Sunday, August 17, 2008

The Gotcha Campaign

Mary McNamara argues that American politics is now all about "gotcha," the drama of hammering the candidates on their latest gaffes and missteps:
FOR DECADES, political pundits and voters alike have complained about the banality of the national conventions. Gone are the days when the party platforms really meant anything to anyone, when loyalties were bartered and policy deals hammered out in those iconic smoke-filled back rooms by men in wilting white shirts. Now it's just an office party of sorts, a series of scripted speeches and sound bytes signifying nothing. We are, after all, a nation that increasingly chooses its president based on that most ephemeral of factors -- personality.

So basically what we're looking for as we approach the conventions is some wonderful off-mike moment -- a backstage meltdown involving a Clinton perhaps, a racist comment from a McCain supporter, a wonderful/terrible political gaffe from either candidate. Something that would tell us all we really need to know without making us think too hard about the wars or the economy or our rapidly eroding education and healthcare infrastructures.

Something we can watch on YouTube and send to all our friends just like all the other news loops that have dominated this year's coverage.

Barack Obama's guns and religion comment. John McCain's Pakistan border mistake . Obama's rock star reception in Europe . McCain's golf cart incident. The greatest hits of the Rev. Jeremiah Wright, the Paris Hilton video, the Obama fist bumps McCain's melanoma issues. The tire gauge controversy.

SO MUCH has been said about the media's handling of this campaign that it's almost embarrassing to address the topic. But after watching hours, days, weeks of it on television, the cry of anguish cannot be suppressed: For the love of all that is holy, how did one of the most important presidential races in history, between two men who embody such disparate political possibilities, wind up looking like a montage sequence in a Will Ferrell movie?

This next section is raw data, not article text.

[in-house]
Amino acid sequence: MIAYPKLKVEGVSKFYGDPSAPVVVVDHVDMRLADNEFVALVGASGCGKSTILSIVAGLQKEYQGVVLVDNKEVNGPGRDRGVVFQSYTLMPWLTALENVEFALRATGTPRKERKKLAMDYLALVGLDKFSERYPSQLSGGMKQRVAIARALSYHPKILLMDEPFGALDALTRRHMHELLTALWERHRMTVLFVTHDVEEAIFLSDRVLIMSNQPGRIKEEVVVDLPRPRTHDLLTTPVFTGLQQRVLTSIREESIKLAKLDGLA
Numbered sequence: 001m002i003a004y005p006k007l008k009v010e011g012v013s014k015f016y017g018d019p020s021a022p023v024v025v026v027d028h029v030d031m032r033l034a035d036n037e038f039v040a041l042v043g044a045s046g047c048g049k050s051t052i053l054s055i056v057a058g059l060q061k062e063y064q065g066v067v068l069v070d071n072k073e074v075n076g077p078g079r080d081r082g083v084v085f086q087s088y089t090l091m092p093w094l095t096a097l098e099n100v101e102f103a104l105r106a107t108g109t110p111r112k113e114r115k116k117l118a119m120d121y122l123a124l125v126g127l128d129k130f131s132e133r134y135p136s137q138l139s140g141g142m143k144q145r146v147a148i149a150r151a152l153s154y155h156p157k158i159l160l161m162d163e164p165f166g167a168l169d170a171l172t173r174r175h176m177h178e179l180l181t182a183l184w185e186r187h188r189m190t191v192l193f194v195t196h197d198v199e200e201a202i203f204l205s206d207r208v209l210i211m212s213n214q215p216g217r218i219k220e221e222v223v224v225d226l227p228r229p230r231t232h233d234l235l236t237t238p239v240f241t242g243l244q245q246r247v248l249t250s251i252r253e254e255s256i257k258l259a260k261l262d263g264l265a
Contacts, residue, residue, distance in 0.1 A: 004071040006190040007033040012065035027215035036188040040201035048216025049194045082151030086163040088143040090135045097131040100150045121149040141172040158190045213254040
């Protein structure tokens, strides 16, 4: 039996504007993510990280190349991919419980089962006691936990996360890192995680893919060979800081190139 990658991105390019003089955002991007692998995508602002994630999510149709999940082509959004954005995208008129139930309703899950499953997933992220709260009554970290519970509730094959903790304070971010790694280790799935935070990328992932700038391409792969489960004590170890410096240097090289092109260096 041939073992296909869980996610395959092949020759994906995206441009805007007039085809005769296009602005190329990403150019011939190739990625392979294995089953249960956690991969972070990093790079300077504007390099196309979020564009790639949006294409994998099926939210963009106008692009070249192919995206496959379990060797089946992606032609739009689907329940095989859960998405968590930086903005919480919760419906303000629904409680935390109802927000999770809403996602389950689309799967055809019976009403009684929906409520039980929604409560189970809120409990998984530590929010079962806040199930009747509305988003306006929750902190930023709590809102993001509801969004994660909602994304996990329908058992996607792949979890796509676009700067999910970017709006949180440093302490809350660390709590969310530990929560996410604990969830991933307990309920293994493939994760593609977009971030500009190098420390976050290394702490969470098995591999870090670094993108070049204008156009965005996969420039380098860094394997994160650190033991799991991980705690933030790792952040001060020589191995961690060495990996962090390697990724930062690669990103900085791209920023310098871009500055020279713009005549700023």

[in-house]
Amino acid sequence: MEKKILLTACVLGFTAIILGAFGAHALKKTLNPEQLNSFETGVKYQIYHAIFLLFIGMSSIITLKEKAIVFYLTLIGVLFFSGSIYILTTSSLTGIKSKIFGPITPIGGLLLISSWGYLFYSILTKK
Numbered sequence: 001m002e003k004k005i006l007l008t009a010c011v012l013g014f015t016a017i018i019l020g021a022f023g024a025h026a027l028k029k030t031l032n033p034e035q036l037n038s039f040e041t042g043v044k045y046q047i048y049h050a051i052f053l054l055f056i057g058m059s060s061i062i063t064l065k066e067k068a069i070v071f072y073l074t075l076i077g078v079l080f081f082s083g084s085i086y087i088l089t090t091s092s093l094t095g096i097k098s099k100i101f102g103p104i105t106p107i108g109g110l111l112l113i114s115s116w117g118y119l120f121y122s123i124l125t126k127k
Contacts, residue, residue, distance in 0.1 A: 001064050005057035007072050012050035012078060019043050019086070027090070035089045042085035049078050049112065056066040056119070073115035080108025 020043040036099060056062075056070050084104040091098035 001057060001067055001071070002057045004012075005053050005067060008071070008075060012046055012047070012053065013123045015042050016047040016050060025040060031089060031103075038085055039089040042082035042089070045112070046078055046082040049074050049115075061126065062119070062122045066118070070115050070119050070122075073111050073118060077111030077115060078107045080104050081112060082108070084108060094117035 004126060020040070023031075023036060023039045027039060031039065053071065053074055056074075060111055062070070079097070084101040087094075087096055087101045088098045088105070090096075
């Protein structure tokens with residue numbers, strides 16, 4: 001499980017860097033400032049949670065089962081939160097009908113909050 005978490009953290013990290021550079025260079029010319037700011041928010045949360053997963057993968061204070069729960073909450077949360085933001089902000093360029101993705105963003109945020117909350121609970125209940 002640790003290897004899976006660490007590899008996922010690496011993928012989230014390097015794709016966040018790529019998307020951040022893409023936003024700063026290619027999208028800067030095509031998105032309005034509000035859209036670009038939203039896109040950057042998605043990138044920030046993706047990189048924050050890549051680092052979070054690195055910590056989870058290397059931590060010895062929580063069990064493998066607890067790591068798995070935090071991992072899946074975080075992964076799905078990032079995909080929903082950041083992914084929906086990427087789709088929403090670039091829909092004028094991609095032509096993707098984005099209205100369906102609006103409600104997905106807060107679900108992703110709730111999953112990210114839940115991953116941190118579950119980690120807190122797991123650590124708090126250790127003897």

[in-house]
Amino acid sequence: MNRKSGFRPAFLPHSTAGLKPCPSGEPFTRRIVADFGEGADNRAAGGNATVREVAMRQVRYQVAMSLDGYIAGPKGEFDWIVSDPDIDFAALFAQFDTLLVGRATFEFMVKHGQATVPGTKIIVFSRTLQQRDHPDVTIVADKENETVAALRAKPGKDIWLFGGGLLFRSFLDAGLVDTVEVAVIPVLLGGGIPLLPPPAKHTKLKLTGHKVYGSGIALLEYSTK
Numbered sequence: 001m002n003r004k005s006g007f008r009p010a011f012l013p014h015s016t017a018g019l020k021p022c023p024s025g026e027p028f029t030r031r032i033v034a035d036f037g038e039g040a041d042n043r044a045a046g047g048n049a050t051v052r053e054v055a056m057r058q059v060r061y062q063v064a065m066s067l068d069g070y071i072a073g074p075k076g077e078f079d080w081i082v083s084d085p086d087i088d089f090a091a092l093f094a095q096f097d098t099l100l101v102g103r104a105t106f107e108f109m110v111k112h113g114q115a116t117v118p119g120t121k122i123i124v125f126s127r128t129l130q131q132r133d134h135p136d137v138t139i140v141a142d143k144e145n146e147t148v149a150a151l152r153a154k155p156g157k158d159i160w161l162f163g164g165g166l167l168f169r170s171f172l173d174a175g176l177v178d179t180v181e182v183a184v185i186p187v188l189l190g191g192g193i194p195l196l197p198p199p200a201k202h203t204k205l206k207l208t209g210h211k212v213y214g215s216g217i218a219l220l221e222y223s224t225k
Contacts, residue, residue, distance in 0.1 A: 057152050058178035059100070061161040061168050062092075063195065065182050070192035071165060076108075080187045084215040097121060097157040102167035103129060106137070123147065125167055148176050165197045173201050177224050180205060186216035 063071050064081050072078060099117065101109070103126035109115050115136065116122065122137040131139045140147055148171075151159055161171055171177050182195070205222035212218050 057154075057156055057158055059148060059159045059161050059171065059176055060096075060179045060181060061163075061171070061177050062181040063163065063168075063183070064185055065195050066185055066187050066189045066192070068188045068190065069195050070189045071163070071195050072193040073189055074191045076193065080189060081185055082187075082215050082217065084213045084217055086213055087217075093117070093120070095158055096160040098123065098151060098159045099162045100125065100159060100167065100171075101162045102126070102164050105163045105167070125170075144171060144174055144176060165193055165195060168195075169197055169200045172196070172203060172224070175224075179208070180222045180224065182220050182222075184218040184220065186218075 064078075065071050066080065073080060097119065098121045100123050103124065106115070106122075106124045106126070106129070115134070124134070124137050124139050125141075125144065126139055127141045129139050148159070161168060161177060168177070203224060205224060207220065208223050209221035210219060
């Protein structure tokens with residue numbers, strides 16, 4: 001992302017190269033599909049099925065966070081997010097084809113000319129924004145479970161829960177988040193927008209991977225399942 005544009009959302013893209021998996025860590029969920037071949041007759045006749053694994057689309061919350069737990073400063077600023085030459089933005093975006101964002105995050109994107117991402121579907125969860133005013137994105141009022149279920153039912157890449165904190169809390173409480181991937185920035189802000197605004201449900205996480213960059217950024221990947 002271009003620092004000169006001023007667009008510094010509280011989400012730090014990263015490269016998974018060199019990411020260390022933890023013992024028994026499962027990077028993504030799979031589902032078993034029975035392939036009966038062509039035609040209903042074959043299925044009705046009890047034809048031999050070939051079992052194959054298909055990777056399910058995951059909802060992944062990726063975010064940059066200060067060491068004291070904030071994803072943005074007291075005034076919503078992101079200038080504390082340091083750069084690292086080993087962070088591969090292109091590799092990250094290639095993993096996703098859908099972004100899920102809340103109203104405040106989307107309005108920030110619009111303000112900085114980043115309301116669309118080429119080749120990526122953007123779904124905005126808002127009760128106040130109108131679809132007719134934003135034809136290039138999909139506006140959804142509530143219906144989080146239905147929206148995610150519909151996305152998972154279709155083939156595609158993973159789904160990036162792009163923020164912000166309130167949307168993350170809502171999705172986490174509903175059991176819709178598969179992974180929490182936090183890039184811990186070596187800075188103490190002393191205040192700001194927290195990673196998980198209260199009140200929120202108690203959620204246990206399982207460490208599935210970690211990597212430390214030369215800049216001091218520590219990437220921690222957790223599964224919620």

Read the rest of the article, here, but I think McNamara pretty much answers her query further down in the essay:

The gotcha moment isn't exactly new: It's been the holy grail of covering presidential politics since Richard Nixon broke out in a flop sweat during the first televised debates. Going, going, gone is the journalistic chivalry that kept Franklin Roosevelt's inability to walk and/or John F. Kennedy's promiscuity a well-known secret. Vice presidential nominee Thomas Eagleton lost his spot on the ticket when it was revealed he'd had electroshock treatments; Edmund Muskie was toast when he seemed to weep while denouncing attack ads aimed at his wife.

While such stories were anomalies, or sidebars, now they are the main event. Now, like the conventions, the entire campaign -- all those speeches and whistle stops, all those meetings with leaders and foreign heads of state -- is increasingly perceived as nothing but stagecraft. God, or truth, we are told, is found in the details, in odd little moments that if replayed often enough by every media outlet can't help but take on the air of political or personal revelation.
There's more to the story, of course, from technological change, to evolving standards of what's morally acceptable, to the lowest-common-demominator sound-byte media cycle. It's an empirical question as to whether gotcha politics has increased engagement and political knowledge, but if the trends toward 2008 being a "high interest election" hold up, all of the controversy and scandals may end up just part of history in the making.